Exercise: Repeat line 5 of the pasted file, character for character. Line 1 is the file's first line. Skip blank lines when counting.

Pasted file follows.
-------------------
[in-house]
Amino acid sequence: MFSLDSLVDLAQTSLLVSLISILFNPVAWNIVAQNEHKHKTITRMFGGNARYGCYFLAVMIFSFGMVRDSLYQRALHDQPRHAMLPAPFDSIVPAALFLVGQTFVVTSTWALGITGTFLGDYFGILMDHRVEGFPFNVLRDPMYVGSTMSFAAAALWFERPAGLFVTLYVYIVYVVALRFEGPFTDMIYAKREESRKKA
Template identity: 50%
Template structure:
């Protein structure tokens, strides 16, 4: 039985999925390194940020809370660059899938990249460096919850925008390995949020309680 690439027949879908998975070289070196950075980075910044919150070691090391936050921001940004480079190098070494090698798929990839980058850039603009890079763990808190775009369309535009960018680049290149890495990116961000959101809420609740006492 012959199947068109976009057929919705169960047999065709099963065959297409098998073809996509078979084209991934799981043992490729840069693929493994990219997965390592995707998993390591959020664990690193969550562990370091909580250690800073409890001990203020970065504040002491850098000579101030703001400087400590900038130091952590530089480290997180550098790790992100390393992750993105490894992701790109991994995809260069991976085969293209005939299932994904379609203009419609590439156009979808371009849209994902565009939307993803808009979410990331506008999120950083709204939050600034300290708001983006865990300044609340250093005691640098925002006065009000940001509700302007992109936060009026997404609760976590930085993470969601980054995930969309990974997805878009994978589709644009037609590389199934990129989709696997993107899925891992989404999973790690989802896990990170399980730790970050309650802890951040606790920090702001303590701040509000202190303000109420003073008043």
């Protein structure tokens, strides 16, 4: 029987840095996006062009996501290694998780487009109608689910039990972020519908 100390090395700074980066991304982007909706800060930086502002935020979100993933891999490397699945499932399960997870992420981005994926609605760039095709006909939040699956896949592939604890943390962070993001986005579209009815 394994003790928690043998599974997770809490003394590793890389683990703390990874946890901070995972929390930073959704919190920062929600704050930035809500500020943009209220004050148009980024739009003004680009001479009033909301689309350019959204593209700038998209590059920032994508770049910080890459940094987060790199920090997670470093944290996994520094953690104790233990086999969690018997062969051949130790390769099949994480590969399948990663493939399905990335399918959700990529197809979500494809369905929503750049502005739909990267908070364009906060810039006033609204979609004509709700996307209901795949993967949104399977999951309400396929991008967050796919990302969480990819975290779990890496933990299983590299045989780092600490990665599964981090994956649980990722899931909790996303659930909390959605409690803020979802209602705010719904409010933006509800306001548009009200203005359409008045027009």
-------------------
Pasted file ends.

């Protein structure tokens, strides 16, 4: 039985999925390194940020809370660059899938990249460096919850925008390995949020309680 690439027949879908998975070289070196950075980075910044919150070691090391936050921001940004480079190098070494090698798929990839980058850039603009890079763990808190775009369309535009960018680049290149890495990116961000959101809420609740006492 012959199947068109976009057929919705169960047999065709099963065959297409098998073809996509078979084209991934799981043992490729840069693929493994990219997965390592995707998993390591959020664990690193969550562990370091909580250690800073409890001990203020970065504040002491850098000579101030703001400087400590900038130091952590530089480290997180550098790790992100390393992750993105490894992701790109991994995809260069991976085969293209005939299932994904379609203009419609590439156009979808371009849209994902565009939307993803808009979410990331506008999120950083709204939050600034300290708001983006865990300044609340250093005691640098925002006065009000940001509700302007992109936060009026997404609760976590930085993470969601980054995930969309990974997805878009994978589709644009037609590389199934990129989709696997993107899925891992989404999973790690989802896990990170399980730790970050309650802890951040606790920090702001303590701040509000202190303000109420003073008043």